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Burn Scars Near Confluence of Yukon and Tanana Rivers, Alaska
This page contains archived content and is no longer being updated. At the time of publication, it represented the best available science. However, more recent observations and studies may have rendered some content obsolete.
infrared-enhanced (visible, shortwave-IR, and near-IR)JPEG
Cool, wet weather over the second weekend of August moderated fire activity in interior Alaska. When the skies cleared on August 9, 2009, the Moderate Resolution Imaging Spectroradiometer (MODIS) on NASA’s Terra satellite captured these images. Fires that had been churning out thick clouds of smoke the previous week were quiet; according to the daily situation report from the Alaska Interagency Coordination Center on August 11, 2009, however, the fires were still smoldering.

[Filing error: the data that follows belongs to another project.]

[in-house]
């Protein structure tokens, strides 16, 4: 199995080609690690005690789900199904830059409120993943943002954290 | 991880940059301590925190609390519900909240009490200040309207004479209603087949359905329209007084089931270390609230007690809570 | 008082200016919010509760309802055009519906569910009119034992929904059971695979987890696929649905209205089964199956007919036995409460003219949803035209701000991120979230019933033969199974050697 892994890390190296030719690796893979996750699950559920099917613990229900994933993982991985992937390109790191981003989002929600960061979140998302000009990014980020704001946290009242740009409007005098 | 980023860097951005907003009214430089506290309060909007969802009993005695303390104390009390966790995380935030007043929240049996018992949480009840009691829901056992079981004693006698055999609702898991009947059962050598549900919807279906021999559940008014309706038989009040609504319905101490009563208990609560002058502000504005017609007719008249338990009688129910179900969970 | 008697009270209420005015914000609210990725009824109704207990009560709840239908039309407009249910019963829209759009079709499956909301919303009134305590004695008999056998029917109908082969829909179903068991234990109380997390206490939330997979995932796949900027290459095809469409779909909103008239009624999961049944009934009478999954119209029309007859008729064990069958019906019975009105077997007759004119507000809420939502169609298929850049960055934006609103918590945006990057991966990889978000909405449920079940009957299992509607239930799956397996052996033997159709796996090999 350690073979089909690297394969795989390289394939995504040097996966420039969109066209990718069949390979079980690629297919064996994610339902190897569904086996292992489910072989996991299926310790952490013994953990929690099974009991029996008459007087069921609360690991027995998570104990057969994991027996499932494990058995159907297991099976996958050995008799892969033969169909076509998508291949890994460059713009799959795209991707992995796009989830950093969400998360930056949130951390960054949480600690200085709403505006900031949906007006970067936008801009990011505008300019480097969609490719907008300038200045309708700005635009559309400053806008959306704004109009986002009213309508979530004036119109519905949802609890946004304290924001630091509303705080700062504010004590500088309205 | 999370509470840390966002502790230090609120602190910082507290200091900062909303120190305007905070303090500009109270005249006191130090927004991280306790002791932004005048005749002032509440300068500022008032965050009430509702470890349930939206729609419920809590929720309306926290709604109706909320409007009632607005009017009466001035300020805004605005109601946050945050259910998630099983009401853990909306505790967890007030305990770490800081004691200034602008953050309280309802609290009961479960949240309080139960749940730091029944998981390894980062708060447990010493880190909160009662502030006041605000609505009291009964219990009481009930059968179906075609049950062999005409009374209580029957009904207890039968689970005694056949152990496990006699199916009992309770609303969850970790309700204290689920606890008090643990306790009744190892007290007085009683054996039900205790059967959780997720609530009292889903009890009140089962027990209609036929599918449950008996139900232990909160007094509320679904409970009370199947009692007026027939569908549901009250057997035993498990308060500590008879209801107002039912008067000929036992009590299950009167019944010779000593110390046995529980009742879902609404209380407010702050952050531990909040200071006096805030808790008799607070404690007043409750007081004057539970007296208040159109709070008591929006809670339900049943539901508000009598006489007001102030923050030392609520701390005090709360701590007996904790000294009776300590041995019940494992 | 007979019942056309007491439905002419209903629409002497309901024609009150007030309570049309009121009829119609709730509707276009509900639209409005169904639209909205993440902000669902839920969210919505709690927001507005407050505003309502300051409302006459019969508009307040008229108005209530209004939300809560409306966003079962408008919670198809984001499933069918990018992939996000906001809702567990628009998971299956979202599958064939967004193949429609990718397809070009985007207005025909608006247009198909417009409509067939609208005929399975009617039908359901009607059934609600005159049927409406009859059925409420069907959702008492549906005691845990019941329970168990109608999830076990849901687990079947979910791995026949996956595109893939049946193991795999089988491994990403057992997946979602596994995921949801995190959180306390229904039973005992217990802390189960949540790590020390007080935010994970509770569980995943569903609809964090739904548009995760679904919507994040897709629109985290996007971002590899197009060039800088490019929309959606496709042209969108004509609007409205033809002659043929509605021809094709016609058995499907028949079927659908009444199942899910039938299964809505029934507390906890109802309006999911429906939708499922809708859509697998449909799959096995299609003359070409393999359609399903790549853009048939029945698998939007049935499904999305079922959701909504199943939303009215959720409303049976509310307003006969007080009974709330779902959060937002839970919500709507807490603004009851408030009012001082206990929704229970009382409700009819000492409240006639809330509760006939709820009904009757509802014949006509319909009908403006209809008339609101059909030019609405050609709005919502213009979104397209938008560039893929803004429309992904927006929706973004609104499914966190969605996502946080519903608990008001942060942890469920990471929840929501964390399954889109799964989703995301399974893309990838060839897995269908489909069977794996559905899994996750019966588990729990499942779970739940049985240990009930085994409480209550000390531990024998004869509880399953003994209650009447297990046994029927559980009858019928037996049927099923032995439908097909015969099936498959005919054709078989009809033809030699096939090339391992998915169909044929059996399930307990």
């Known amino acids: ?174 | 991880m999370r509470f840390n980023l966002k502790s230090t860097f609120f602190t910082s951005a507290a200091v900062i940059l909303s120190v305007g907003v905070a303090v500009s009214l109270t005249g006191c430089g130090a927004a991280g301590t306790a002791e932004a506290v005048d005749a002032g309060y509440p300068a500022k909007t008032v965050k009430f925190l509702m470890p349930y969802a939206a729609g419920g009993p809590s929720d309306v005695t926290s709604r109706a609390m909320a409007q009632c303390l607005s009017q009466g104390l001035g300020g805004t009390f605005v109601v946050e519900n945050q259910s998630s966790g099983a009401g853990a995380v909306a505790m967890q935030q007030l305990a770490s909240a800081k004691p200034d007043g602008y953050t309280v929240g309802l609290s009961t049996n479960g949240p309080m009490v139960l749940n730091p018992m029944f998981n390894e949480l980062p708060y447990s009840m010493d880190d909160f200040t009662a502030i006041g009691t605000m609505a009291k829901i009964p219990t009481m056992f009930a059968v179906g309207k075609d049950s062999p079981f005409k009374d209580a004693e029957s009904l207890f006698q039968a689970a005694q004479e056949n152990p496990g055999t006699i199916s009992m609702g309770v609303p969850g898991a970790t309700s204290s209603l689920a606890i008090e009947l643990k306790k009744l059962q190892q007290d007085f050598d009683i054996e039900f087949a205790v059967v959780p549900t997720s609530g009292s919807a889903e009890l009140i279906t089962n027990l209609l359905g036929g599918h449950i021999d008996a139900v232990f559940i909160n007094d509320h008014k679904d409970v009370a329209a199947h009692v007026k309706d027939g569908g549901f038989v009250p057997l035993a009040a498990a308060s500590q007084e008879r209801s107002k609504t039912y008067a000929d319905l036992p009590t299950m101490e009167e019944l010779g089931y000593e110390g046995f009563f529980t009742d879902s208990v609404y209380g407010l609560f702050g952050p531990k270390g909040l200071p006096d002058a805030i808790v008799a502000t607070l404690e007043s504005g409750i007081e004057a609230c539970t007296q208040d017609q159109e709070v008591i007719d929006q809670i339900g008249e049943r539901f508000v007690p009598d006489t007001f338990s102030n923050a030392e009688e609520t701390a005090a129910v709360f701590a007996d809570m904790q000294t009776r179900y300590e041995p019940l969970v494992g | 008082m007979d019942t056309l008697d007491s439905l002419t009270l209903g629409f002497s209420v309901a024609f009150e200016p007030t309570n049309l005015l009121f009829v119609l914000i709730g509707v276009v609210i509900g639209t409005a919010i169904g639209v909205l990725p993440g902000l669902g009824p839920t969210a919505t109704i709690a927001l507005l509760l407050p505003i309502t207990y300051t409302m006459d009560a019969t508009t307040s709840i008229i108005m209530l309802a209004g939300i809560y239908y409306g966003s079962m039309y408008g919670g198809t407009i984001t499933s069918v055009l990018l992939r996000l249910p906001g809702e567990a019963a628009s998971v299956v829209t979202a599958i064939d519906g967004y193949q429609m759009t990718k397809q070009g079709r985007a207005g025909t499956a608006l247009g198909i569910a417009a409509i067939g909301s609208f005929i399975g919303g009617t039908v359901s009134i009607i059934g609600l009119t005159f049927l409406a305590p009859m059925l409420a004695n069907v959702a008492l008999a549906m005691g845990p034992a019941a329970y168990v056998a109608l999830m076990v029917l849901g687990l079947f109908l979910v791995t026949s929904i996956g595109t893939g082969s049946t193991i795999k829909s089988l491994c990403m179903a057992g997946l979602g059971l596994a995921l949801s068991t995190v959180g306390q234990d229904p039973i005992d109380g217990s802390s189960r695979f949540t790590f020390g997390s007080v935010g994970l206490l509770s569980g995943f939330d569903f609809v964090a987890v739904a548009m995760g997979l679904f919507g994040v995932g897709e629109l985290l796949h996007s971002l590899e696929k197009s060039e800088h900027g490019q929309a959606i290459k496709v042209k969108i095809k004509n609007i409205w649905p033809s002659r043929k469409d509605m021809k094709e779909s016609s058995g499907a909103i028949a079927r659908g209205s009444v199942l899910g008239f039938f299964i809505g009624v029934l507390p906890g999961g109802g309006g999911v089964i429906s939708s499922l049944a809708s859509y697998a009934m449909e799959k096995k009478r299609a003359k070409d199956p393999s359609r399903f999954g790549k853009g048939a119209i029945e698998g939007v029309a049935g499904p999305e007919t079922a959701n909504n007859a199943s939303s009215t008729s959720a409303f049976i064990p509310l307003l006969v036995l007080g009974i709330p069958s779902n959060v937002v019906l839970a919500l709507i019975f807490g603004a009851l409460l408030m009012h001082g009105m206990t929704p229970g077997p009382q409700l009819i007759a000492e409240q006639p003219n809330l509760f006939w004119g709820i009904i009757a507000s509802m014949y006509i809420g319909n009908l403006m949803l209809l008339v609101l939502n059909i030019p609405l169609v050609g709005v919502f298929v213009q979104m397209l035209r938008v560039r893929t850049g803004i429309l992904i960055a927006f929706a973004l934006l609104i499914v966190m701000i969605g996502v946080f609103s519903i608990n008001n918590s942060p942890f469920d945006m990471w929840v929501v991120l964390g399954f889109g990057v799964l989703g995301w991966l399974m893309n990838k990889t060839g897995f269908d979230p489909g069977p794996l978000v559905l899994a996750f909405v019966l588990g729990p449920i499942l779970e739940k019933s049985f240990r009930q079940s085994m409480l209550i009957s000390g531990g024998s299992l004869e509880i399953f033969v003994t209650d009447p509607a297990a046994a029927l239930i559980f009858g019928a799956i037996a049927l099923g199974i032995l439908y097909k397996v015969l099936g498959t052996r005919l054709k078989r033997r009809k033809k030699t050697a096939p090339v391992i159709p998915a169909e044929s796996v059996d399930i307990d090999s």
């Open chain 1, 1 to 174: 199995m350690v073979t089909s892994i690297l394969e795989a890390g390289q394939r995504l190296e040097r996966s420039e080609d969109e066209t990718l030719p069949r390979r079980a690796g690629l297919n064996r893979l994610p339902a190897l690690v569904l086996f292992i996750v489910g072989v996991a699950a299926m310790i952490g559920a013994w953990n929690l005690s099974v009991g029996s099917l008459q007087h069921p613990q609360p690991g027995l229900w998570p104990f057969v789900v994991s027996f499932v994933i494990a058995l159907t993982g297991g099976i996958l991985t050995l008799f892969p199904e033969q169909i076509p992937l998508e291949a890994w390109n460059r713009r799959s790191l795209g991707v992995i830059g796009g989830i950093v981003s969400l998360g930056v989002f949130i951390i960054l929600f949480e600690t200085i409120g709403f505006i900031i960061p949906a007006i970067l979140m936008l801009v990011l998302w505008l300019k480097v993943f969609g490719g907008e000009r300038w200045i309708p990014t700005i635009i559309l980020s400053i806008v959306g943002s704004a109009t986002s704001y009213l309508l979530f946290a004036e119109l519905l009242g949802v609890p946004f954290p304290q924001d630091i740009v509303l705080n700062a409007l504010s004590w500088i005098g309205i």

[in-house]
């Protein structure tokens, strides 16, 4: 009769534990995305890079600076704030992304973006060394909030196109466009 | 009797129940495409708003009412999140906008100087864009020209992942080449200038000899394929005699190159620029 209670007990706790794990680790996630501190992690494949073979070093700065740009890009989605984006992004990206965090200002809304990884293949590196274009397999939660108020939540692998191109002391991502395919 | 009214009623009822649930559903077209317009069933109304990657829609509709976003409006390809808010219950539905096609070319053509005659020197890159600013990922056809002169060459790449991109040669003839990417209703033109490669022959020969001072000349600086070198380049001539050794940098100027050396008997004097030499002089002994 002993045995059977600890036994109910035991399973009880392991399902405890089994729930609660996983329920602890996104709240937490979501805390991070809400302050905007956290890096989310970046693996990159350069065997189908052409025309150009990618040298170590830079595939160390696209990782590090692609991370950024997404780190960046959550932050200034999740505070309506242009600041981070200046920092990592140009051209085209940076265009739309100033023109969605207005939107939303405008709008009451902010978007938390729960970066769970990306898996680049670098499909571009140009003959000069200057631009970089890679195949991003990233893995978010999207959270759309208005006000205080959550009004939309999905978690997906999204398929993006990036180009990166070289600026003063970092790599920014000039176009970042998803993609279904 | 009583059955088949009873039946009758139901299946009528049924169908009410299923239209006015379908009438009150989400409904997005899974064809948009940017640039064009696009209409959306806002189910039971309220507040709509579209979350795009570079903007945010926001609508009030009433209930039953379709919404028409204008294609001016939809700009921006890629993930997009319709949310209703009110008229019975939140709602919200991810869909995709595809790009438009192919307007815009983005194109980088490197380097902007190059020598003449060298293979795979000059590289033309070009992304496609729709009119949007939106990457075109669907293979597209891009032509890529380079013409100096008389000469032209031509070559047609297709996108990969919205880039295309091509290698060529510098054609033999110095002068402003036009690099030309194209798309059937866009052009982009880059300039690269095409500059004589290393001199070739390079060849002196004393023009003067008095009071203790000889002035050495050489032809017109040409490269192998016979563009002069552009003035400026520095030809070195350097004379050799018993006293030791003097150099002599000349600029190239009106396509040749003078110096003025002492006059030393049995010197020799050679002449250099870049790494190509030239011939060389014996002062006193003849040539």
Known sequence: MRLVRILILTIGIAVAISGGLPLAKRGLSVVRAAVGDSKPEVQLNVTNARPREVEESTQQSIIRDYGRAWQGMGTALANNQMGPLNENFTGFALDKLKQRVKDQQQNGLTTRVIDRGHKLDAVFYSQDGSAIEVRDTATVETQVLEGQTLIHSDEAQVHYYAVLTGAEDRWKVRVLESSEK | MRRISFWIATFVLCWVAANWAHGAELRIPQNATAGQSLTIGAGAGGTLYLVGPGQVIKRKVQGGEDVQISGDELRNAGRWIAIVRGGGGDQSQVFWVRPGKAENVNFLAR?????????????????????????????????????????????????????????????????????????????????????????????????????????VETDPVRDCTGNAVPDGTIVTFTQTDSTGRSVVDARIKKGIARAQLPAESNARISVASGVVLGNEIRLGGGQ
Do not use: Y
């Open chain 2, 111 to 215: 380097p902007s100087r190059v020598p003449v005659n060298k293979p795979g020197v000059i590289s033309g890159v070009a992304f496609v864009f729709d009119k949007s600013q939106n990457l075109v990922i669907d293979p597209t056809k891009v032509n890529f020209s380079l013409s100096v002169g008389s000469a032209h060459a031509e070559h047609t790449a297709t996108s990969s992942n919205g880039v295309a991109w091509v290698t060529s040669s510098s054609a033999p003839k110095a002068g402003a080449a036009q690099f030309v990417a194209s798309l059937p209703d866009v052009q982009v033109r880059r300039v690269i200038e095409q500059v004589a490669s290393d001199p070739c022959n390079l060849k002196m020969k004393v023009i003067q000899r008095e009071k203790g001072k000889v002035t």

The top image is an infrared-enhanced view of the area at the confluence of the Tanana River with the Yukon, west of Fairbanks, made from a combination of visible, shortwave-infrared, and near-infrared light. Vegetation is bright green, water is dark blue (nearly black in marsh pools), and burned areas are brick red. The largest fire in the state, the Railbelt Complex, is partially hidden by clouds at image right. The lower image shows a natural-color (photo-like) view of the area. The muddy waters of the two rivers are light brown, and different kinds of vegetation, including spruce forests and muskeg, appear in shades of green. The burned areas are dark brown.